no mention of a catalogue in above blog nor in the press release from the school–anyone have any info on this?
yes, it is ‘acadiana advocate’.
Fixed it, thanks!
and, my spelling isn’t perfect, either— added an extra ‘e’ to attended, above! just planning my day and in a rush to get this sent!
i have just read the newspaper article, and, yes, ms pres readers should do the same. interesting info on town, of course, but also on the background of the exhibition. definitely a ‘town can do no wrong’ article and show! the organizing ‘curator’, prof carol reese, of tulane, makes a statement to the newspaper reporter that town was ‘the most important louisiana architect of the 20th century’ which is certainly debatable, and, in some ways, scary…
https://polldaddy.com/js/rating/rating.jsTown’s Louisiana Style houses significantly influenced the broader residential design market in the Jackson Metro area. Fifteen or twenty years ago his name was the trendy buzzword used by many clients, home buyers and home builders to describe, generally, what they wanted in their house. Many who invoked his name, of course, didn’t really even know who he was… but they knew they were supposed to like that type of house. My favorite example of this phenomena was seen in an advertisement for a house that had been renovated to incorporate some French Acadian (Country French in the vernacular) elements. The realtor described the house as being in the “hayestowne” style.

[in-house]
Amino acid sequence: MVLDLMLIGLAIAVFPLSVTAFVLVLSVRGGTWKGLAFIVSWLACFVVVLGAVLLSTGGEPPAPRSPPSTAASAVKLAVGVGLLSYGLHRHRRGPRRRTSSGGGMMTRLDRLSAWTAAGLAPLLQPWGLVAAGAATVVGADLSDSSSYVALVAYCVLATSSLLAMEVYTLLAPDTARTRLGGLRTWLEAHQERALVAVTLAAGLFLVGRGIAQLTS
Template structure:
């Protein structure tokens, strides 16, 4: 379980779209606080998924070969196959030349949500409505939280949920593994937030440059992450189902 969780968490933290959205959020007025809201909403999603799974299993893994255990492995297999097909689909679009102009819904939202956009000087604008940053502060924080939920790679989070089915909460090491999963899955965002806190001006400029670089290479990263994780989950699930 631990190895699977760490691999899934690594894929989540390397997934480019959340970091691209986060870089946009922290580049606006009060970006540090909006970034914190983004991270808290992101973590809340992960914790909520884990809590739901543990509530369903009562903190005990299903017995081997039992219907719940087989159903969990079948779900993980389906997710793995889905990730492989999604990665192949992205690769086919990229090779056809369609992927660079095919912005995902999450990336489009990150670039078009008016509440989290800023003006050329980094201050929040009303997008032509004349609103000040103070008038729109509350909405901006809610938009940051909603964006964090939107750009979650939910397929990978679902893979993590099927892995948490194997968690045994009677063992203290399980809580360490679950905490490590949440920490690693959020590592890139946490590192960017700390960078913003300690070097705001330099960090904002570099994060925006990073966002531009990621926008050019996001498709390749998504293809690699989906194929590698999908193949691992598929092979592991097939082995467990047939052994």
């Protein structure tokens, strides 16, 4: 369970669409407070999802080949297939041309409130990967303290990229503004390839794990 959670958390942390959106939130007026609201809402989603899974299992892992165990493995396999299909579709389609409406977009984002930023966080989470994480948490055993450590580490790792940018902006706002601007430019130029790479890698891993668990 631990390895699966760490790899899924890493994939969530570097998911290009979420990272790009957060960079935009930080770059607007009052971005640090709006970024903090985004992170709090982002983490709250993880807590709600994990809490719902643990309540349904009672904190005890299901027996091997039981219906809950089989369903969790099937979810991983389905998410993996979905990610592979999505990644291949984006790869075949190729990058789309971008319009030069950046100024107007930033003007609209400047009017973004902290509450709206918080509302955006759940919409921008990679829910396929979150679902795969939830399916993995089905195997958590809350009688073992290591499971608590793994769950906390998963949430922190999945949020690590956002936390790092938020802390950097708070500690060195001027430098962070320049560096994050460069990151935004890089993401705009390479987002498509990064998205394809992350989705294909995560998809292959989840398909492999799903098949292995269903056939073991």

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thanks very much for this malaprop, ms/mr? newman; i will add it to my collection, which includes ‘peer mirror’ and ‘feinting couch’.
the town-designed former art center at southwestern la u–the 50th anniversary of which seems to have sparked this exhibition–is described as ‘based on the 1812 hermitage plantation at darrow, la’–so, it’s the typical louisiana transition federal-greek revival boxy house, with an encircling modified tuscan colonnade, all
under a dormered hipped roof–but, as many of you know, the characteristic colonnade at hermitage wasn’t added til later–1830s, perhaps–to an earlier house—.